Whether an oral ratification of an unauthorized signature is sufficient depends, in part, upon the statutory requirements for exception to the general rule that a memorandum made after the contract is sufficient. It is not really an exception, however, but is instead an application of the principle that a signature by one who is then not a duly authorized agent is not of itself sufficient.

11 Bell v. Balls (1897), 1 Ch. 663; Horton v. McCarty, 53 Me. 394; Walker v. Herring, 21 Gratt. (Va.) 678; 8 Am. Rep. 616.

12 Bell v. Balls (1897), 1 Ch. 663. 13 Pike v. Balch. 38 Me. 302; 61

Am. Dec. 248; Gwathney v. Cason, 74 N. C. 5; 21 Am. Rep. 484.

14 Dunham v. Hartman, 153 Mo. 625; 77 Am. St. Rep. 741; 55 S. W.

233. (The sheriff here was not acting officially.)

15 As where made on the following day. White v. Mfg. Co., 179 Mass. 427; 60 N. E. 791.

16 Schmidt v. Quinzel, 55 N. J. Eq. 792; 38 Atl. 665.

17 Shorman v. Brandt. L. R. 6 Q. B. 720; Dunham v. Hartman. 153 Mo.. 625; 77 Am. St. Rep. 741; 55 S. W. 233; Smith v. Arnold, 5 Mason (U. S.) 414; Tull v. David, 45 Mo. 444: 100 Am. Dec. 385.

18 Dunham v. Hartman. 153 Mo. 625; 77 Am. St. Rep. 741; 55 S. W. 233; Tull v. David, 45 Mo. 444; 100 Am. Dec. 385.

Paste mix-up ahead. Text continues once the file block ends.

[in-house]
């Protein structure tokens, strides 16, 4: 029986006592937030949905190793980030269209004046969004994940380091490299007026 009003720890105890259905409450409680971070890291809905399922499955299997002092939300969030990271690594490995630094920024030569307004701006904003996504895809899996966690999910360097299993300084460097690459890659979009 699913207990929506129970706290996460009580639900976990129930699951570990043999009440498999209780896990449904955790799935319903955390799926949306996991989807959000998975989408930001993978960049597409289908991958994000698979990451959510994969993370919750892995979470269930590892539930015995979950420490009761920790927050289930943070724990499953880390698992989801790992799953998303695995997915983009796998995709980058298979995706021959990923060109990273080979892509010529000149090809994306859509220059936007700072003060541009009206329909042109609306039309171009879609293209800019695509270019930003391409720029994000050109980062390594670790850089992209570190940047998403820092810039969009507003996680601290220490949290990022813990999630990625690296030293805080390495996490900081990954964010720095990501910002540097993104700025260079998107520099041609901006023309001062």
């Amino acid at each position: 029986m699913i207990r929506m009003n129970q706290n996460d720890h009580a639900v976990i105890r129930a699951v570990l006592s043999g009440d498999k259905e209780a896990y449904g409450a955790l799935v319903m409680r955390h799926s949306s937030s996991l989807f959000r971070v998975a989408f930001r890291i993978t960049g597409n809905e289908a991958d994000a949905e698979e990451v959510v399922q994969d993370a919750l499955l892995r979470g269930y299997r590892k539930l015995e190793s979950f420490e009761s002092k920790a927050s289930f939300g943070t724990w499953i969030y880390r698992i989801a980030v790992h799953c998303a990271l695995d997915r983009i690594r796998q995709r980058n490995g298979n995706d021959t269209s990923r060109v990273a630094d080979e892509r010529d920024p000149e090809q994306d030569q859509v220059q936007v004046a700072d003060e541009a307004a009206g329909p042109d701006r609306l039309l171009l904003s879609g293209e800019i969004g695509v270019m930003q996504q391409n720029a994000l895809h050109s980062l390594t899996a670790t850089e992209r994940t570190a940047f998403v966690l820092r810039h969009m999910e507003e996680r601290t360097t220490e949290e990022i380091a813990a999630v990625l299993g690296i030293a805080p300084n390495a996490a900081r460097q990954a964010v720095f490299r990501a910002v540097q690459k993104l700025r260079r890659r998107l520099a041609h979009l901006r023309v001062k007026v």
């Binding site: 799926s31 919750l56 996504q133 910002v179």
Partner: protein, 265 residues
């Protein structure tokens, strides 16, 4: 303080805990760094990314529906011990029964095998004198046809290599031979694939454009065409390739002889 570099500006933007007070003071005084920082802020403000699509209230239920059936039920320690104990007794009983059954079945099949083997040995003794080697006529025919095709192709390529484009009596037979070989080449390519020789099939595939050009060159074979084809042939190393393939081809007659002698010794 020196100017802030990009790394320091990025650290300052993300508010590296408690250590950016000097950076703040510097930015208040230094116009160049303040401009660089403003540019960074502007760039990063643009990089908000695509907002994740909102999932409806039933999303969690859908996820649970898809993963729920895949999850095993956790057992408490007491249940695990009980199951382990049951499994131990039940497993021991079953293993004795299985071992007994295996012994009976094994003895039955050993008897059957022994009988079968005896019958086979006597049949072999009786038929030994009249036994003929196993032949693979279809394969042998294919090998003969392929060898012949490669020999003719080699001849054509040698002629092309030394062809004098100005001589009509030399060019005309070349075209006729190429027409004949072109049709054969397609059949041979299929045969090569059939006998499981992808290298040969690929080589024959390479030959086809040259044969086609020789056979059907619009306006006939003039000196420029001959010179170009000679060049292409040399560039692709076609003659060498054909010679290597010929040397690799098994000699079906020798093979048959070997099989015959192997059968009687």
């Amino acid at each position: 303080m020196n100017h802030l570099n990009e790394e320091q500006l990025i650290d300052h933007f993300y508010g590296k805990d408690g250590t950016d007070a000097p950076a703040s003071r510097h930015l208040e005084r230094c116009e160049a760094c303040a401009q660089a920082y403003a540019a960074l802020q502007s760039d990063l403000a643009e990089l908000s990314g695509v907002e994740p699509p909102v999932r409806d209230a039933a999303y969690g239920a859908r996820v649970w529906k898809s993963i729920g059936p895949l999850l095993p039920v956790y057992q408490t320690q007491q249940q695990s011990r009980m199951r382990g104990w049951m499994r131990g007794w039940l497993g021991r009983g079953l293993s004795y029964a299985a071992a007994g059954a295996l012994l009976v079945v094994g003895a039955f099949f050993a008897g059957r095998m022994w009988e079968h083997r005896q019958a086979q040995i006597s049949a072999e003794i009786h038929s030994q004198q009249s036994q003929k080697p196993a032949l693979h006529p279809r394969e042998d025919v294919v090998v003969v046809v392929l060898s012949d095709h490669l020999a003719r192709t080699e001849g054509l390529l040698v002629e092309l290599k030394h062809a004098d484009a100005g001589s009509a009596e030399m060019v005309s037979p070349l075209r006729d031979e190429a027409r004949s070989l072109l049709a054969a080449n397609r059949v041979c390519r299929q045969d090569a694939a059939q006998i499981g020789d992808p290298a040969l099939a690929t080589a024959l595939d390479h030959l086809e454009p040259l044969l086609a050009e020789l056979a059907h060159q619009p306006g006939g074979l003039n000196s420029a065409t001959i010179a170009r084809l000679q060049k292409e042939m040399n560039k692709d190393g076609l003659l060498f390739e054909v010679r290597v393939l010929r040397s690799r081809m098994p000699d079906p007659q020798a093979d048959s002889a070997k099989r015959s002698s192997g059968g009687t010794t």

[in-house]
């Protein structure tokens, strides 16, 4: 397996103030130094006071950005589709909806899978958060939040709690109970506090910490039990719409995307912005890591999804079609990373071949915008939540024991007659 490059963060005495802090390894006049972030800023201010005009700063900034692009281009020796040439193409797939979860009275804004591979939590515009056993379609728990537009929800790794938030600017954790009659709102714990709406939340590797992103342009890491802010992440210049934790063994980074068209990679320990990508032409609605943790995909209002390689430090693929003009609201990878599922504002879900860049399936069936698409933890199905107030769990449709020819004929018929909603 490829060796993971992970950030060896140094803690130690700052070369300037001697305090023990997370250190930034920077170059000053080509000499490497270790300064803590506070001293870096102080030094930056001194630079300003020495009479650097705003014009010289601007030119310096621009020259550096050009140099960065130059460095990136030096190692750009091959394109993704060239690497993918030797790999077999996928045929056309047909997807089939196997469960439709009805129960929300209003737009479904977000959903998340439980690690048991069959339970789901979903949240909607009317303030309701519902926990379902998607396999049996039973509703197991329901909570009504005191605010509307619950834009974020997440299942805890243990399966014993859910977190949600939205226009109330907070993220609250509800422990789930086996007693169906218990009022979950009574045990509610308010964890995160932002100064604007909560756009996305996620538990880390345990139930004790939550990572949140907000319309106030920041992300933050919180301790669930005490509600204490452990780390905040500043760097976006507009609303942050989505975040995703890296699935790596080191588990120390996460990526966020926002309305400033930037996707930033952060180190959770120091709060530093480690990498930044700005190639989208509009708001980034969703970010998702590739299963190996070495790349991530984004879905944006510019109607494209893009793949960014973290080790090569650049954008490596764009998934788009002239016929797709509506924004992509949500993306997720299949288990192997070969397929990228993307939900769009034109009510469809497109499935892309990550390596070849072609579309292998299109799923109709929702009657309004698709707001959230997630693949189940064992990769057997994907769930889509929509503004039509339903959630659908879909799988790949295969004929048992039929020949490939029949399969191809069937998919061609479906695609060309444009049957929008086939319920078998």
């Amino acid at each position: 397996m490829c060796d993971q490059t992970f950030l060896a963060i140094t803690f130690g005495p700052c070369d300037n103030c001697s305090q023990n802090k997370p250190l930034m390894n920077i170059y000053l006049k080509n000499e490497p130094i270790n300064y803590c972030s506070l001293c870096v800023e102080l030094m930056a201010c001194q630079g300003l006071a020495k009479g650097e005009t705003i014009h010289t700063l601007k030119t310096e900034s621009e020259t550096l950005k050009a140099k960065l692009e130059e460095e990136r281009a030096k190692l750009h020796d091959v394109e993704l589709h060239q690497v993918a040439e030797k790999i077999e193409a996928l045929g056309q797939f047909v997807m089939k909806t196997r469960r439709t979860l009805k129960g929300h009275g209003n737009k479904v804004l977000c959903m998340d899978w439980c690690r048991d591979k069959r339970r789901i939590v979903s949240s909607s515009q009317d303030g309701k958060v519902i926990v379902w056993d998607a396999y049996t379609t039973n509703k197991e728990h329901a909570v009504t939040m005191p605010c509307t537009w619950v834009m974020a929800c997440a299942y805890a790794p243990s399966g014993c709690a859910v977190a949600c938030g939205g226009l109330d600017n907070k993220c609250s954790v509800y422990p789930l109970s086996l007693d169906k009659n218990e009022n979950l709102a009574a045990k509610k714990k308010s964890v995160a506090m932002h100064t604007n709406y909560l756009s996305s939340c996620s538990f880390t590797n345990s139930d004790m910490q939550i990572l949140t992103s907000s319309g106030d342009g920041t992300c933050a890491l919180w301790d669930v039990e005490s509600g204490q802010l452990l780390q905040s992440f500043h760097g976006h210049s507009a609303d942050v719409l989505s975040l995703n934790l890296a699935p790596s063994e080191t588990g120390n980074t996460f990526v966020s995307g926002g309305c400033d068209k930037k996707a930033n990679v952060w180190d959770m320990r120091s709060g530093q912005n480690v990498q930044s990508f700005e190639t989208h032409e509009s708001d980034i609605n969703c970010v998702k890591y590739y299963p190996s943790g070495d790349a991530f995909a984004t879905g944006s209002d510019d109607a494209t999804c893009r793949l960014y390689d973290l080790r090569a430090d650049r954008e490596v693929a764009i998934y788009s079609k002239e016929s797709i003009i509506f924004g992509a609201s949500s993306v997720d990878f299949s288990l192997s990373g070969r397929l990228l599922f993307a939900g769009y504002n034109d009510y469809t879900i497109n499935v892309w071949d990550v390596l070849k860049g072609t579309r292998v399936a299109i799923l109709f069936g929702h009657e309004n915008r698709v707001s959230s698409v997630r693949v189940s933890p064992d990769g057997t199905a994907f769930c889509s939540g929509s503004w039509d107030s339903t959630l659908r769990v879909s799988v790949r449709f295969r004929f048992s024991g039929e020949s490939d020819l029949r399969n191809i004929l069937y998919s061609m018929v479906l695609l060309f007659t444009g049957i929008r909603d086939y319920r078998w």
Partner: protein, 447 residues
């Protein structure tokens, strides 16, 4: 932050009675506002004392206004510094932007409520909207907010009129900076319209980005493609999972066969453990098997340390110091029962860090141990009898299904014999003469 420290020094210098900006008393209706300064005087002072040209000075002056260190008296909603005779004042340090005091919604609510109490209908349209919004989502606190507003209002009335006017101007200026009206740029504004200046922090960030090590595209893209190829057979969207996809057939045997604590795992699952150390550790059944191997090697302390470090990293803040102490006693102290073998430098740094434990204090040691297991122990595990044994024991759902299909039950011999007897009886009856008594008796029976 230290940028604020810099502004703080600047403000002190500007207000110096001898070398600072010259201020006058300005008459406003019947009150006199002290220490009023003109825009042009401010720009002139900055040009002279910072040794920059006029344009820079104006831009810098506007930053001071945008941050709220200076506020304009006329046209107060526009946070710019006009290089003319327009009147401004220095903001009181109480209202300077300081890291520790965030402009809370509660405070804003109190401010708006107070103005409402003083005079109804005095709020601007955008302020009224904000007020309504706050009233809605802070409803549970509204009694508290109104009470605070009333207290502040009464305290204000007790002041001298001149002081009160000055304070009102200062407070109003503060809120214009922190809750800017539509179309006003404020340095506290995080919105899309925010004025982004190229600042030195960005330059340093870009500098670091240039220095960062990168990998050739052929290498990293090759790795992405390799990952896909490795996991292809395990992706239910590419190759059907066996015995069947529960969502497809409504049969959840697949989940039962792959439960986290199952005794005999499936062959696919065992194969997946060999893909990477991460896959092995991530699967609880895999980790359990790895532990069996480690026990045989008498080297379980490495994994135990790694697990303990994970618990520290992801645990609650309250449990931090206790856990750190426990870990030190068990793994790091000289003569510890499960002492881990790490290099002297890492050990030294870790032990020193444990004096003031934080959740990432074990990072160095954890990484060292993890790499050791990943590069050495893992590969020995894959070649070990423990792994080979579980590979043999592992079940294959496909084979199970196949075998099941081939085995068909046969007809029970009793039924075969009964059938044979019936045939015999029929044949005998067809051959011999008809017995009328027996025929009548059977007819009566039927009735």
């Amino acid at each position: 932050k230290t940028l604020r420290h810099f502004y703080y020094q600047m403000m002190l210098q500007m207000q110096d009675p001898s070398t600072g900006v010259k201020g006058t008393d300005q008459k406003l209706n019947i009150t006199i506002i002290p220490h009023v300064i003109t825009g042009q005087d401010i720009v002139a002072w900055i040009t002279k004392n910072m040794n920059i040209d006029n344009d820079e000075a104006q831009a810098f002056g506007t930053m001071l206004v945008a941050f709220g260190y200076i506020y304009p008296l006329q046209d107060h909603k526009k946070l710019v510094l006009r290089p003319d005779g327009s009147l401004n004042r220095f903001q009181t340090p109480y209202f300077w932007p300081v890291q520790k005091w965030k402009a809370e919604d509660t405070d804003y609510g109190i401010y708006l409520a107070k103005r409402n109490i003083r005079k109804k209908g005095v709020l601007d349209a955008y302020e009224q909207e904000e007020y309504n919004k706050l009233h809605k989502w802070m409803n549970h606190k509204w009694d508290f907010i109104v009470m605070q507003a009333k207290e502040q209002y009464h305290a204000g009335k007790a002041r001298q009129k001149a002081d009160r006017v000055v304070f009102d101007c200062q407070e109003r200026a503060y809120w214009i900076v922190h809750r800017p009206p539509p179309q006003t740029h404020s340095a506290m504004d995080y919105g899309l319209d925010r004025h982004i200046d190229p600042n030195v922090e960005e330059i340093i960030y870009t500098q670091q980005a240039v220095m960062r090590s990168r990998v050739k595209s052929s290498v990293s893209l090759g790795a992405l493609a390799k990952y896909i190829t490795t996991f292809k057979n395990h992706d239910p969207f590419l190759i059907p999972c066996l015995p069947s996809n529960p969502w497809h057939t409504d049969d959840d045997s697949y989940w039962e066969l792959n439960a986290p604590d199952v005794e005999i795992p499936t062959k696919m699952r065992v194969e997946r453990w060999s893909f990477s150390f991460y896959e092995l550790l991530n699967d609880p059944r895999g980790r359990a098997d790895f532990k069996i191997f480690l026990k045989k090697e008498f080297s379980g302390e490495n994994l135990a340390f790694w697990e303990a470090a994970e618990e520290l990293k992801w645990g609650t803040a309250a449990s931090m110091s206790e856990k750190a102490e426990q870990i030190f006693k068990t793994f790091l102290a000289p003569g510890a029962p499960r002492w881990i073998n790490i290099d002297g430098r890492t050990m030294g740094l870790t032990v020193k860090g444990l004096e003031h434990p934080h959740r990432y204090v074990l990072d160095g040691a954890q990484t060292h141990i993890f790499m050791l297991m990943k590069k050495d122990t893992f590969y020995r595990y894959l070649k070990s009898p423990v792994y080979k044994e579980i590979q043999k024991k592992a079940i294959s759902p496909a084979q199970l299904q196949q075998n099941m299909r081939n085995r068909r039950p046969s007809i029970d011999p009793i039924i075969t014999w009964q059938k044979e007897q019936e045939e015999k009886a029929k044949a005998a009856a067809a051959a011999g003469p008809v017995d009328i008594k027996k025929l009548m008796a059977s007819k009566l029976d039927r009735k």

19 Bent v. Cobb. 9 Gray (Mass.) 397; 69 Am. Dec. 295.

the original authority of the agent. Putting aside questions of estoppel and performance, ratification requires the same degree of proof as original authority. Hence if the statute requires original authority to be proved by writing an oral ratification by the principal of an unauthorized contract for the sale of land made by his agent,1 is within the statute; even if the agent had written authority with the terms of which he did not comply.2 If original authority may be conferred orally, an oral ratification is sufficient either to enable the ratifying principal to hold the adversary party,3 or to enable the adversary party to hold the ratifying principal.4 If, however, the benefit of the contract entered into by the authorized agent is reserved not to the principal but to another, it has been held that an attempted oral ratification is in effect a promise to pay the debt of another, and hence is unenforceable under the statute.5